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SNES (Super Nintendo Emulated System)

With a spare SNES cartridge connector I had been kicking around, and a taken apart console I previously had been gutting parts from, I had all the motivation I needed!

I started by lining up a perfboard with the spacings of an original SNES motherboard, and cut holes in the perfboard to line it with the case. I then lined up the spare SNES cartridge connector I had to fit the cartridge opening on the top half of the case, as it’s the one part of the motherboard that absolutely had to line up.

I had also desoldered the back IO plane from the original SNES motherboard as the power connector is a part of the plastic. The standard AV port was also desoldered, and I was pleasantly surprised to find that it’s component pins were spaced the standard 0.1″ apart. So I was able to drop it right into the perfboard. As you could see from the image below, lining these few components was a relative breeze..

To interface the cartridge port to the Raspberry Pi, I had originally decided to use Microchip MCP23S17 SPI-based IO expanders, but I had also bought it’s sister chip, the MCP23017, which is I2C based. Both versions allow the expansion of 16 I/O pins. Expanding the Pi’s GPIO pins are a necessity given the number of I/O pins a standard SNES cart uses; 16 Address, and 8 Bank control pins, along with 8 Data out pins, and at least 4 control pins. Totaling 36 pins needed to read most carts. I would need to use at least three of these expansion chips.

The SPI version of the expander has a 10MHz communications clock, while the I2C version only has a maximum 1.7MHz clock. Also, the Raspberry Pi has had notoriously slow I2C drivers, with a configured clock rate of only 100KHz. Despite the obvious speed advantages of the SPI bus, I found that code examples were lacking. I also realized that I would need to run additional bus wire, on what would be a very populated hand soldered board. On top of that, I had a P82B96PN I2C level translator ready to use, and with SPI I’d have to level translate additional lines, because the Pi uses 3.3v logic, and all the SNES components uses 5v logic.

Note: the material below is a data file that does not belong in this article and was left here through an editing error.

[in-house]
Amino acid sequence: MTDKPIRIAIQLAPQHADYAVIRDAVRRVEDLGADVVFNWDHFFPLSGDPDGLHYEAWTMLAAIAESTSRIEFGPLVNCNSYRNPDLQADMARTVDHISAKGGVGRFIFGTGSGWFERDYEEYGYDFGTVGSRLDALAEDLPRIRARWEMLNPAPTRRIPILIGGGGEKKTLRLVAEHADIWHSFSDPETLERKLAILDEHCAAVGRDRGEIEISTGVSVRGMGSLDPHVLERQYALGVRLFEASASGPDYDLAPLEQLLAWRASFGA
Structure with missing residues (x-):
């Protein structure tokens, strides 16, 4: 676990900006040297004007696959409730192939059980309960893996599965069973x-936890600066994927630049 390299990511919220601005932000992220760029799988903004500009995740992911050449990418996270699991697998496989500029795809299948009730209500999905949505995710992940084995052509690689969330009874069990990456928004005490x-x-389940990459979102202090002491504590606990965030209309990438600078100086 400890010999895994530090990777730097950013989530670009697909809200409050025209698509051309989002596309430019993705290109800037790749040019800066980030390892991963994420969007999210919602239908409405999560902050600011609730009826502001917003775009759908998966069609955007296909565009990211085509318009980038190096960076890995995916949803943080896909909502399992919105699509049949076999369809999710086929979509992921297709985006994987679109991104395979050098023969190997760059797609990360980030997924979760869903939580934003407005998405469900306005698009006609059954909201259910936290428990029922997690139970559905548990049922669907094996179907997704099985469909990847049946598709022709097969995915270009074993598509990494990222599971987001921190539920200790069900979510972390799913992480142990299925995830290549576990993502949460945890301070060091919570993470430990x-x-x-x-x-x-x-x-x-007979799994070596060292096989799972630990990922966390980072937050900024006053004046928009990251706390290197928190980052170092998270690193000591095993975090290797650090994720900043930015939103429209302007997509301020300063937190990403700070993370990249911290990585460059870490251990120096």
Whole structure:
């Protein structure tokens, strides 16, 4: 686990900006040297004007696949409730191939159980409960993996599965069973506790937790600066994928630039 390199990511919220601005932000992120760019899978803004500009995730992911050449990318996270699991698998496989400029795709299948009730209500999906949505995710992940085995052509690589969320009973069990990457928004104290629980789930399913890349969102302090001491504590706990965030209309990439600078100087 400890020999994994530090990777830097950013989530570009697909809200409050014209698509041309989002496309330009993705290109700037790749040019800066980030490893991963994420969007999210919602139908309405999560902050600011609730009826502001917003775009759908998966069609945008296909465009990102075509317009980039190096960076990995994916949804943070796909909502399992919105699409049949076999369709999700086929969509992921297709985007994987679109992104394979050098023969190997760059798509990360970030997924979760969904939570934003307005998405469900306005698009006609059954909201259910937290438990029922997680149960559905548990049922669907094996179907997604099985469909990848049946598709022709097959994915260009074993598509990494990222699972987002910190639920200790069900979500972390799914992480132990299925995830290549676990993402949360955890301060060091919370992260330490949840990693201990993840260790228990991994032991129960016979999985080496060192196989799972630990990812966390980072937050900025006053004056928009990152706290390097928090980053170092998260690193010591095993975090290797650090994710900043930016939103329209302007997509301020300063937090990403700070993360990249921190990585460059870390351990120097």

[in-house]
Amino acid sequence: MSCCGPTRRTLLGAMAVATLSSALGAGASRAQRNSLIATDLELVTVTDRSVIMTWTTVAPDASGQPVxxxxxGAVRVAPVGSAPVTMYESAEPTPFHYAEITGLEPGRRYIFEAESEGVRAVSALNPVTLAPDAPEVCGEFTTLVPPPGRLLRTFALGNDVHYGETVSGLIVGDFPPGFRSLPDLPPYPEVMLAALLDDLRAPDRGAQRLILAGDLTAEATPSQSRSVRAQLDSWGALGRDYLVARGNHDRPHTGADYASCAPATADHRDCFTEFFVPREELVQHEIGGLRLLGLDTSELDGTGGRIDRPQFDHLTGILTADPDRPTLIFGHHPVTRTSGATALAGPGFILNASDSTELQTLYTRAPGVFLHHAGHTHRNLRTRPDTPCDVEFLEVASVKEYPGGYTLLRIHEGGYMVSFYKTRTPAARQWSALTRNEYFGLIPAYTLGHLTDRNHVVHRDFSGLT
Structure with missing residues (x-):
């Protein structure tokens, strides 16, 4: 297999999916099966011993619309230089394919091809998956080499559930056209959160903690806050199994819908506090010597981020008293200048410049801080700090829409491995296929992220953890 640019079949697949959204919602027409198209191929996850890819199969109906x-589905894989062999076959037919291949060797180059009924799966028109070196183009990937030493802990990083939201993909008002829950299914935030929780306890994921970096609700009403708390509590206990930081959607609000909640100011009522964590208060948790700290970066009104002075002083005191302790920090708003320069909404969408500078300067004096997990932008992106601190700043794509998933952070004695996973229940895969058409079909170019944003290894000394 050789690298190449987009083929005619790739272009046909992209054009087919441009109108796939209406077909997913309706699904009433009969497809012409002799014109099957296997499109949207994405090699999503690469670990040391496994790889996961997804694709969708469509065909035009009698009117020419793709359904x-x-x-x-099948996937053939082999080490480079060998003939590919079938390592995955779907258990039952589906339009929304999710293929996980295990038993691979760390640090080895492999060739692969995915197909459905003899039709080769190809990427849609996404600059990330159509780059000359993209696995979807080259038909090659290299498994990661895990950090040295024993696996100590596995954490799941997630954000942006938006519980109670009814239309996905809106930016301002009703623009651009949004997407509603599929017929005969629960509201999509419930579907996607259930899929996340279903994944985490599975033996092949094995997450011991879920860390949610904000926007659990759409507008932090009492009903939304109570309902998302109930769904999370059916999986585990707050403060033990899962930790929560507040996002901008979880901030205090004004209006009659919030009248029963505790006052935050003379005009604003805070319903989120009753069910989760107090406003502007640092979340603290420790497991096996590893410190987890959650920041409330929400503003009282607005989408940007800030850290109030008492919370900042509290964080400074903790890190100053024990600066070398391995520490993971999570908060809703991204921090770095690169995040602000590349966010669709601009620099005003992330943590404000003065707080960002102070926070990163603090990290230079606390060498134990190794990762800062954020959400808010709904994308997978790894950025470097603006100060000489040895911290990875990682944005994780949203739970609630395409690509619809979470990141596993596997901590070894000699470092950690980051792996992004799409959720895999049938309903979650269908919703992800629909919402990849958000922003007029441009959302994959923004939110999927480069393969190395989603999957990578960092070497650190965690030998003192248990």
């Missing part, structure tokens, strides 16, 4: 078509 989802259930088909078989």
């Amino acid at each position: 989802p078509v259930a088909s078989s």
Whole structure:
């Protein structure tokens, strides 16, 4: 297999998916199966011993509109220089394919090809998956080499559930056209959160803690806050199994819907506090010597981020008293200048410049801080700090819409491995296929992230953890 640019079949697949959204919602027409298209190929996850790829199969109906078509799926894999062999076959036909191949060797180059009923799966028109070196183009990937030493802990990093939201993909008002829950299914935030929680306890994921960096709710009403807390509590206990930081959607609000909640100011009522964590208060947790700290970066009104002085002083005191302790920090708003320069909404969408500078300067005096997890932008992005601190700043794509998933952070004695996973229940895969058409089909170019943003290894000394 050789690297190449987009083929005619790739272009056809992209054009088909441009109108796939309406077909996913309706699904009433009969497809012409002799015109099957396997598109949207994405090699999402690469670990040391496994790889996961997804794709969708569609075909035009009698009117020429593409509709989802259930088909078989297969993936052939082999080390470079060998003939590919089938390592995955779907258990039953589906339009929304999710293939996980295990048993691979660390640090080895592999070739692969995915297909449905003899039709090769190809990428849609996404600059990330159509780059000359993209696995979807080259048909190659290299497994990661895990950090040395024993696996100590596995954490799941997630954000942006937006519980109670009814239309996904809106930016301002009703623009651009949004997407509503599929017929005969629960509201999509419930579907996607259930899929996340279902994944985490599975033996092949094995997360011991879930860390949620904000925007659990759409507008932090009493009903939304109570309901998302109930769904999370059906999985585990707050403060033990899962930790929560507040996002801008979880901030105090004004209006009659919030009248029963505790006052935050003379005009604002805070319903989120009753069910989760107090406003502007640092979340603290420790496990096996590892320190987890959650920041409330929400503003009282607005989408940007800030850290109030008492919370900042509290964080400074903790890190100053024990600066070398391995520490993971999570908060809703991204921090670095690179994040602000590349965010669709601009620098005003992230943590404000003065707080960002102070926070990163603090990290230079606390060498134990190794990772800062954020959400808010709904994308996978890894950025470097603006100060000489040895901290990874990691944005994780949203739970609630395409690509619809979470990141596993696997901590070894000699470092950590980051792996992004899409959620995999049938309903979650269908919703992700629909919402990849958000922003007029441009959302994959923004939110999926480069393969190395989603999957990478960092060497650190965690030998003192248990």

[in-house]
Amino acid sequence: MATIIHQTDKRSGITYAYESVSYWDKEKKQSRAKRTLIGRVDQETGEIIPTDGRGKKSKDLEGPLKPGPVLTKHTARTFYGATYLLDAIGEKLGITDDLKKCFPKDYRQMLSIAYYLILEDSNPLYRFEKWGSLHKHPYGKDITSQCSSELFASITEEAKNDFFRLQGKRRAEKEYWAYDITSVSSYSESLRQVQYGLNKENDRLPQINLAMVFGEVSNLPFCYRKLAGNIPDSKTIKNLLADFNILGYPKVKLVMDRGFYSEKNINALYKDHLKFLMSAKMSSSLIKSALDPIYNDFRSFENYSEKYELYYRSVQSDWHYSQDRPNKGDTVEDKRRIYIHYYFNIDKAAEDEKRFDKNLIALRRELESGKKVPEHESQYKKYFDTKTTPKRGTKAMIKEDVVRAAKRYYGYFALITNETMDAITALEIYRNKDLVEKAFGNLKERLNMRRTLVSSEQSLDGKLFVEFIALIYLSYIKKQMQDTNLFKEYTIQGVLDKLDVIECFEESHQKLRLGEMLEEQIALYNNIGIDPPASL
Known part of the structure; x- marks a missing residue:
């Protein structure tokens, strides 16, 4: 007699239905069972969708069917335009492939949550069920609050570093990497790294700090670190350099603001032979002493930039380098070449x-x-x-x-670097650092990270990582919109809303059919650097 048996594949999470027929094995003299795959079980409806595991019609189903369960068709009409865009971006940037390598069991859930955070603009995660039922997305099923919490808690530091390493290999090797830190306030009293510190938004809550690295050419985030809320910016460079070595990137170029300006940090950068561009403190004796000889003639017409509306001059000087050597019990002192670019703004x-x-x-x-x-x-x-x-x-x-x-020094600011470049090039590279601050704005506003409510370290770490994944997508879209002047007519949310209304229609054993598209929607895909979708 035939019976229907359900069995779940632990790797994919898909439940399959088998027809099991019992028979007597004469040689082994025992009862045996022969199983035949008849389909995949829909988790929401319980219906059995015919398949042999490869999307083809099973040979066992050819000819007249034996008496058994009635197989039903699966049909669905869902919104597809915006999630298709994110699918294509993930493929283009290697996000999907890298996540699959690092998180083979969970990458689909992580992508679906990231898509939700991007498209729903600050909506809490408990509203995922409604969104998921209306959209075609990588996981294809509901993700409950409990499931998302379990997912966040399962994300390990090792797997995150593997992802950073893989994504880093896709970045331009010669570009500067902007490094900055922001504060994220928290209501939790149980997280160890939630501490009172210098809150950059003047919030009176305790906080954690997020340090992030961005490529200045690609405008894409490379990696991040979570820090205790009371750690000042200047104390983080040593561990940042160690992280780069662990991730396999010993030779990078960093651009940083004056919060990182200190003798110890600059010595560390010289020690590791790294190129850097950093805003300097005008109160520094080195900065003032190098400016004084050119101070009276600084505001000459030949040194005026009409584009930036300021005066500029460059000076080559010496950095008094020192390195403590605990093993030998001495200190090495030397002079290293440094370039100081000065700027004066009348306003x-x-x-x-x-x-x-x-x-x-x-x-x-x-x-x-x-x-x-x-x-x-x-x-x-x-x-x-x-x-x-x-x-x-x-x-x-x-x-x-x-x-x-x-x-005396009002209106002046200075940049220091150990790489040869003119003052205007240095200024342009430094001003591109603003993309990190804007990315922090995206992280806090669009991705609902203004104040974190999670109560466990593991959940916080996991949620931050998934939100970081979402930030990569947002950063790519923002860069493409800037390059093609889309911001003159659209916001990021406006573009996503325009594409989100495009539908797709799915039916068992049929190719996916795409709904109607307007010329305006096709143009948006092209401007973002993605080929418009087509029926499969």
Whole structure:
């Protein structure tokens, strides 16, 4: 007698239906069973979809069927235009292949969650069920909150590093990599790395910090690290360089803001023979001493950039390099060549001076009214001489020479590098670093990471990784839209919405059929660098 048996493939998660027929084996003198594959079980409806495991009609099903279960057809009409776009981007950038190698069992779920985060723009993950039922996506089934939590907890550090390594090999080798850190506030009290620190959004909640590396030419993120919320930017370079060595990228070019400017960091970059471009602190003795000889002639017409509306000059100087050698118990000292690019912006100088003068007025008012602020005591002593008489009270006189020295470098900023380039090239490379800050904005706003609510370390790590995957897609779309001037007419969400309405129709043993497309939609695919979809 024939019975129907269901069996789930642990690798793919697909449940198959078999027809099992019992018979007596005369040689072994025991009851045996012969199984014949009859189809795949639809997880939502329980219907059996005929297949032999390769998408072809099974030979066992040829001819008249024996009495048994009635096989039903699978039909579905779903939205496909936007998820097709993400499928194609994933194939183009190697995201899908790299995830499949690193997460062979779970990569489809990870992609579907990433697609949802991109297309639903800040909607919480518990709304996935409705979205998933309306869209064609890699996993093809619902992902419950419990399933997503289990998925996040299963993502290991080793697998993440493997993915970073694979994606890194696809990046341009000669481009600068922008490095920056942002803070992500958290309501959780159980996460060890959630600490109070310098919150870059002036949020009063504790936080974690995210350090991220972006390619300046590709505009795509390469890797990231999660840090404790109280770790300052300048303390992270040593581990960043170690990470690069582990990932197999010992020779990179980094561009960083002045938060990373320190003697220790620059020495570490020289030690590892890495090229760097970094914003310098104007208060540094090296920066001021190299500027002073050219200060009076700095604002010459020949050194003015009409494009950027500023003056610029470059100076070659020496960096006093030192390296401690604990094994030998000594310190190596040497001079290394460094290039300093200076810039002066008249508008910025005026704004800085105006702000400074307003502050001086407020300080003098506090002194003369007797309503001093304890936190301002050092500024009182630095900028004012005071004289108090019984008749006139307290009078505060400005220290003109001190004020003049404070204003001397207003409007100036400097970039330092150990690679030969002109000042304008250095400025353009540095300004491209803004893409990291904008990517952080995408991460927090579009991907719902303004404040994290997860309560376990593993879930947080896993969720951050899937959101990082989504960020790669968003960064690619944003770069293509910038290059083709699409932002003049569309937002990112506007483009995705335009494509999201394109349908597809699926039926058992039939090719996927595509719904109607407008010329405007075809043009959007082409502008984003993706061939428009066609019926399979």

As you could see above, hand soldering all these pins was not for the faint of heart, and this was only the beginning! It was also around this time that I had the idea of utilizing the unused Ext Port door for USB, thus the USB socket above. The pin headers on the top center were to connect a daughter-board where the Pi was going to rest..

I decided to not go with a PCB daughter-board in the end as I didn’t want a permanent extension of the main PCB as I may need to solder under it. Nor did I have the female headers to make it removable. Plus, it added unnecessary complexity. In the end I went with an Adafruit’s GPIO ribbon cable to connect the Raspberry Pi to the perfboard. I desoldered, and cut up a 40-pin female IDE header from an old motherboard, and dremeled it down to the 26-pins the ribbon cable needed, and made a spot for it.

It was around this I started focusing on powering the system, and a way to safely power down the system with the stock power switch.

Next up, DC-DC converters, Arduinos, and MOSFETs. Oh my!

23 thoughts on “SNES (Super Nintendo Emulated System)

  • Mark Walker

    Oh my god. I LOVE that! How awesome to play anything emulated on the original hardware. Plus carts!

  • Pingback: Turning a Raspberry Pi into an SNES | Daily IT News on it news..it news..

  • Might be a silly question (as questions usually are) but assuming someone who can write / edit / hack, would it be possible to address the speed issues by throwing two Pi’s in the box, one to handle the graphics, the other to handle sound and other I/O rather than waiting for a faster PI?